On September 10th, all hell broke loose for 462,000 Instagram users when @round.boys vanished from the internet. The account—the preeminent purveyor of alluring footage featuring pudgy animals getting brushed, fed, and gently poked—disappeared without so much as a satisfied grunt. Gone, too, was @round.boys’ popular Twitter feed: suspended. No longer could the average browser retrieve a photo of a generously proportioned kitten, arranged as if surfing the web, at a moment’s notice. Into the abyss went easily accessed video footage of a hamster shimmying out of a tunnel, ass-first. Sibling accounts posted #freeroundboys pleas. Concerned followers took to their stories.
Where had our husky brethren, our chubby potats, our sweet, sweet smols wandered?
“This is just random deactivation and suspension. No warning, no reason. Makes no sense,” Noah Periord, emperor of the RB franchise, told me over direct message following the blackout.
Periord, 19, is a sophomore at Florida Gulf Coast University (mascot: Azul the Eagle; “not really” a round boy). About two years ago, he created a Twitter account based on a high-quality hunch that spherical pets are adorable—a month later, AV Club featured the feed, proclaiming: “2018 will be ruled not by dogs, nor cats, but by round boys.” Periord, who currently studies Entrepreneurship, leveraged the popularity to launch RB’s Instagram vertical some months later. By the time of deactivation, he’d amassed a loyal following of over 775,000 across Twitter and Instagram (figure care of Periord).
Before long, knockoff accounts proliferated like spikes on a rotund hedgehog. (Much of this was documented in a now-deleted @round.boys story highlight called “Imposters!”) Today, there are up-and-comer accounts like @_fat_animals, and more established suppliers like @round.animals (488,000 followers). One such account, @chonky.animals (423,000 followers), has a profile that declares boldly, “DM for credit/removal”—“I get my photos from pet owners on IG,” says Periord. “I always give credit.”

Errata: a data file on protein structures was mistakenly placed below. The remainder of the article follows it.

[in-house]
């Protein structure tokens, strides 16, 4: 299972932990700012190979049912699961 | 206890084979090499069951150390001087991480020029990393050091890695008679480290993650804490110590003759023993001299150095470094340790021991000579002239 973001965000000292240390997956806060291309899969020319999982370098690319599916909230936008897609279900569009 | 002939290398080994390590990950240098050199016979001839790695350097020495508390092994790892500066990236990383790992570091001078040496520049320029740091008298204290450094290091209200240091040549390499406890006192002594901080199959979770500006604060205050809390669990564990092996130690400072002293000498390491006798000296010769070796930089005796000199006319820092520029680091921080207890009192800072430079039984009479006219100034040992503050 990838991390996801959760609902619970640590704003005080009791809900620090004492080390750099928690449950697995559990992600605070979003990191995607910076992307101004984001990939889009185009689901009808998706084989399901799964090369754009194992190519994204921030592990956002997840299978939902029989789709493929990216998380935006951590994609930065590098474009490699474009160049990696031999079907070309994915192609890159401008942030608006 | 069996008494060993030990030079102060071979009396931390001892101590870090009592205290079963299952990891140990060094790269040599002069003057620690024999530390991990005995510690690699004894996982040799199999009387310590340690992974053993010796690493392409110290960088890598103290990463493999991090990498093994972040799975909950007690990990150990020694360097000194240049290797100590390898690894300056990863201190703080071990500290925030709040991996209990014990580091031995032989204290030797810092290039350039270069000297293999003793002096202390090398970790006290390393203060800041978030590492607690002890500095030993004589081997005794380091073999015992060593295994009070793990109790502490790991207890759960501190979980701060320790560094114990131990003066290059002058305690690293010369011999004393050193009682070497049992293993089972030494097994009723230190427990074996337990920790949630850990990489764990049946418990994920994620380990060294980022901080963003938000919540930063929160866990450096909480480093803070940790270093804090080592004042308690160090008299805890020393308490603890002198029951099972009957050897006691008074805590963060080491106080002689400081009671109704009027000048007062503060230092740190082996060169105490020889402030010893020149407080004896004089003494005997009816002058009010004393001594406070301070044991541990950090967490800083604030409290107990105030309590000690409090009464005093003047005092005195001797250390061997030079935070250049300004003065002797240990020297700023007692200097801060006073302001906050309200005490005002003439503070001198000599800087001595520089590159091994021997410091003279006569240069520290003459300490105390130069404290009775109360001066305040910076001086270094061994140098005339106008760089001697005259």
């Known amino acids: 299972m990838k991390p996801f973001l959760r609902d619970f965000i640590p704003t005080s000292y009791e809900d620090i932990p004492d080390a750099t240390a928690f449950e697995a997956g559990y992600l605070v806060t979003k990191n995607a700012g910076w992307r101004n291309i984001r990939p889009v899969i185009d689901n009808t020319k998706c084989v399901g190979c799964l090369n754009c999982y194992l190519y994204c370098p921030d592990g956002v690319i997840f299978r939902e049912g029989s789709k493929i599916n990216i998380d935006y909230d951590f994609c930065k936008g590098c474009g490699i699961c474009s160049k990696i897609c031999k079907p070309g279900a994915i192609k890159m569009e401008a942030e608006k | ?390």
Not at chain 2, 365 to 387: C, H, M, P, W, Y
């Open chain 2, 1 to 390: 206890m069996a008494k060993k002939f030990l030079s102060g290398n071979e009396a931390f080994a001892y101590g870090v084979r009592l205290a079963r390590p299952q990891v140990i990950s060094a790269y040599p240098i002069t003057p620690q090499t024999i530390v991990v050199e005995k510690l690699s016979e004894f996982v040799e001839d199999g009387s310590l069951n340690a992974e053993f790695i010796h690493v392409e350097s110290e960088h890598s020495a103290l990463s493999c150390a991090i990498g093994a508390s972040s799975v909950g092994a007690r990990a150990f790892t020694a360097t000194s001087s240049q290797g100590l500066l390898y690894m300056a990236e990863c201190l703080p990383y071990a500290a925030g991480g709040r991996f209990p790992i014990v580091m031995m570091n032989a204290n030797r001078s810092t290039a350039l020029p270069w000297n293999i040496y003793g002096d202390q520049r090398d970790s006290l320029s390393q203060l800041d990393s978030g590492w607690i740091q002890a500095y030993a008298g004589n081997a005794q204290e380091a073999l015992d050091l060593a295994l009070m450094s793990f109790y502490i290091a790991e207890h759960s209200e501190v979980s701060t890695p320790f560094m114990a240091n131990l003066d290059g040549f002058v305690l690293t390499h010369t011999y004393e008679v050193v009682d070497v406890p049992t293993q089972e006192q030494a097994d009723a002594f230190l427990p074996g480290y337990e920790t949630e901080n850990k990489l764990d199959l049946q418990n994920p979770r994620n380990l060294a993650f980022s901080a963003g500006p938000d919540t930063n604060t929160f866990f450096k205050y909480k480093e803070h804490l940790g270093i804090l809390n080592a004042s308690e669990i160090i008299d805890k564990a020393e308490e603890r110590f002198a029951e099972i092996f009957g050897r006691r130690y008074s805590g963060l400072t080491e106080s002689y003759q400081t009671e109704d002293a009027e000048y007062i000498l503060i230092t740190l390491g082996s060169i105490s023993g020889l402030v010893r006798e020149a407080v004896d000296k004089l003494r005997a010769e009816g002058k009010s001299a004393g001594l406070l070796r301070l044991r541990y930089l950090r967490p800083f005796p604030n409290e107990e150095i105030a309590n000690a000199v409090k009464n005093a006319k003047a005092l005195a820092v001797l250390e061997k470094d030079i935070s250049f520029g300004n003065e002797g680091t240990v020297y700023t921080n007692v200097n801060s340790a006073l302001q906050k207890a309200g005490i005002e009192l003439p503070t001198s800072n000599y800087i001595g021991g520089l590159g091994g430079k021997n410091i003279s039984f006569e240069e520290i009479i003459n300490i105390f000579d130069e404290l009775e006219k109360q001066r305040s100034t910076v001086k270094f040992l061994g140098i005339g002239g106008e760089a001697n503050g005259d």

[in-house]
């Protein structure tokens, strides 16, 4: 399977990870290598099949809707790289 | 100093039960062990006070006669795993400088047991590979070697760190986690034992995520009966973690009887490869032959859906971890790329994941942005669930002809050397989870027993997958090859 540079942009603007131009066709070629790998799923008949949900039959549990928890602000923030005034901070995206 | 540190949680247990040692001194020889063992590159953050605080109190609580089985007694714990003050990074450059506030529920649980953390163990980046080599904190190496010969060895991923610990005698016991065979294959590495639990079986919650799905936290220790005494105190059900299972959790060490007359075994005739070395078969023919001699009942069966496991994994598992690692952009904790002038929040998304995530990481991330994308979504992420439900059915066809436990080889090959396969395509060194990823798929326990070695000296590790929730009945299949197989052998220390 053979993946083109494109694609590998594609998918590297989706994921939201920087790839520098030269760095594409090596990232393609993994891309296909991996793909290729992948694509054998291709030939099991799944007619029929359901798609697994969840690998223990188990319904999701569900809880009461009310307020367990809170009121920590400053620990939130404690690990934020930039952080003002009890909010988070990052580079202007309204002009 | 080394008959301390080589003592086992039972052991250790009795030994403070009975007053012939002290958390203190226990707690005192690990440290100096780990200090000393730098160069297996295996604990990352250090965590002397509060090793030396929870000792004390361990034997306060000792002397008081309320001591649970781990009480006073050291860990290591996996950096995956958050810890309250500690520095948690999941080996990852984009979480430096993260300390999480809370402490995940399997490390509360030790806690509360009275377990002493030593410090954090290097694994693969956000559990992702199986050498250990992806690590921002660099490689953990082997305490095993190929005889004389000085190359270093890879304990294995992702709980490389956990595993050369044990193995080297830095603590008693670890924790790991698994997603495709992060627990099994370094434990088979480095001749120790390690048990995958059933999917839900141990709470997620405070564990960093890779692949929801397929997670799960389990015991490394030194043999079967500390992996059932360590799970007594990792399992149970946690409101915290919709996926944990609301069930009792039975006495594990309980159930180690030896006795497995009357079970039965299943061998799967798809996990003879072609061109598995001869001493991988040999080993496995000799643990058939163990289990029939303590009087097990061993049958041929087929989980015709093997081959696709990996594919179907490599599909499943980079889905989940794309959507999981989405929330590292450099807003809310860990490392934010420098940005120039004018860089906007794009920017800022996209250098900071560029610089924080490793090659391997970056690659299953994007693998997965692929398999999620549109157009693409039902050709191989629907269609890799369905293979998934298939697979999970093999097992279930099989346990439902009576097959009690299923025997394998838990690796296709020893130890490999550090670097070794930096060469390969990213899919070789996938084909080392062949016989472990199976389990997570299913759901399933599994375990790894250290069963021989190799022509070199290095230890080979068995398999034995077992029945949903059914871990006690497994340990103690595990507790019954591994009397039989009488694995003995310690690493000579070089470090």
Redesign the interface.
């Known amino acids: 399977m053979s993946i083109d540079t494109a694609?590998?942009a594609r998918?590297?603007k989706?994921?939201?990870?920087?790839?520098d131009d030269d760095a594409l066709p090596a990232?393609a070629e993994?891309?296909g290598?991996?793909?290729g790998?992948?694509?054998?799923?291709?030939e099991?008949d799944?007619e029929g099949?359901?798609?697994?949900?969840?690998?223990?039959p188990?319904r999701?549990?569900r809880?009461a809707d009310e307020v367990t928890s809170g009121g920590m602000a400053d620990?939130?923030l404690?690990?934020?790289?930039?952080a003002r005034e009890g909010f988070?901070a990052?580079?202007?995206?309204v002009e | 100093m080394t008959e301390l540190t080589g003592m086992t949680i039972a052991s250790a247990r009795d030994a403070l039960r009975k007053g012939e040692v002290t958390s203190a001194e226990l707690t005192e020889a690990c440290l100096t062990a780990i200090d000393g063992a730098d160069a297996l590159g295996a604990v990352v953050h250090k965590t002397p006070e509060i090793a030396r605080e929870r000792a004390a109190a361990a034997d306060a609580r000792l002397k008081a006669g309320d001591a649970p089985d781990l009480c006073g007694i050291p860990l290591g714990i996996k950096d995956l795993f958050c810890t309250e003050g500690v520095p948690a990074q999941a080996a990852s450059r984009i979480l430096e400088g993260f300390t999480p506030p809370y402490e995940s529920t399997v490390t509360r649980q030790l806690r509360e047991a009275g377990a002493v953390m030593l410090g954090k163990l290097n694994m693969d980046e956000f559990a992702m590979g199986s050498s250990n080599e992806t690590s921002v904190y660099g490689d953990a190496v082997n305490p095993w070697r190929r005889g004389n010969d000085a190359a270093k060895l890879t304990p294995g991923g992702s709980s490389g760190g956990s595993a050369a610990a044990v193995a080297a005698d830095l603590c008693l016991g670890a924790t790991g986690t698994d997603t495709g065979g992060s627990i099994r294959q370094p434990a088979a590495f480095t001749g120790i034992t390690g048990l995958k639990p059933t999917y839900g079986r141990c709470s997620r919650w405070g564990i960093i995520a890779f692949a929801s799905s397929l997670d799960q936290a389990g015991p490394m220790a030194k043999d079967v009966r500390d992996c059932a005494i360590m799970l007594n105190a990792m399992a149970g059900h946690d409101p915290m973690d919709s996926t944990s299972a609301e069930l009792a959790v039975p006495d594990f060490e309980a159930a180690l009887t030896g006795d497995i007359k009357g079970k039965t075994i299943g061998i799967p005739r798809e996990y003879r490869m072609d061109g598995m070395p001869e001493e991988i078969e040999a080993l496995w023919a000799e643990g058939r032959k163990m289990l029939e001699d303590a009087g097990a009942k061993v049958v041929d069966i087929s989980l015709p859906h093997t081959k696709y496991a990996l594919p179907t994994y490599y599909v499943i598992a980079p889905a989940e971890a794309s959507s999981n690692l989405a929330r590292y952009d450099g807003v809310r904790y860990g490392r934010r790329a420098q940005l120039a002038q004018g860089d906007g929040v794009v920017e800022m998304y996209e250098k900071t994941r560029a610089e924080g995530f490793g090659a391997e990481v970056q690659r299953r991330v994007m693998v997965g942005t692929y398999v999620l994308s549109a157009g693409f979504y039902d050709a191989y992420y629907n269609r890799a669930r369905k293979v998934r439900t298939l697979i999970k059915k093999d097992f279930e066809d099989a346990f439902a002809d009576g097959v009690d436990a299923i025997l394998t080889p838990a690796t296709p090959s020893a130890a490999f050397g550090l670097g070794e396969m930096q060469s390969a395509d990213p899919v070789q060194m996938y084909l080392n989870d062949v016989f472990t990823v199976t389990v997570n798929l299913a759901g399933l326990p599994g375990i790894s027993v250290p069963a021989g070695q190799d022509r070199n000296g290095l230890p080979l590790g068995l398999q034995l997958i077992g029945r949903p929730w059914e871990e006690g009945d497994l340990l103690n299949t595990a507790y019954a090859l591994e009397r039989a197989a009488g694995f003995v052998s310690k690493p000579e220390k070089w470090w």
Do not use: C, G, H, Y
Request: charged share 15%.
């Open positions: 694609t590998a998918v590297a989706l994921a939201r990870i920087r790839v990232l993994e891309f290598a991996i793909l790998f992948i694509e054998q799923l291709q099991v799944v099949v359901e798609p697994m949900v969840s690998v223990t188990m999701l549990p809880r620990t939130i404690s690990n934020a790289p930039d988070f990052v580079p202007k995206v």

There is no need to sweat the heart health of his specimens, either: “The last thing I want is to promote overfeeding or animal obesity,” says Periord. “I focused on animals who were round not because of their weight, but because of characteristics such as fluff or shape. Making sure the animals I post are healthy and being taken care of.”
Late on September 11th, the day after we spoke, RB’s Instagram account was unceremoniously reactivated, permitting nearly half a million people to breathe again. Twitter, meanwhile, remains dark. As for why he was forced into early, then partial retirement, Periord is at a loss—he’s dealt with copyright questions in the past, and those have gone down differently. This time around, he received only a cagey email from Instagram once reactivated explaining that he “may have had trouble accessing [his] Instagram account,” and that he should now be able to log back in. He has yet to receive any correspondence from Twitter, who suspended his account about two months back. (Twitter has not responded to a request for comment.)
Could the Rounds themselves be behind the sudden takedown?
“I wish I knew,” says Periord.
Ella Quittner is a writer based in New York. You can follow her round boy fan account here.
Graphic by Dasha Faires.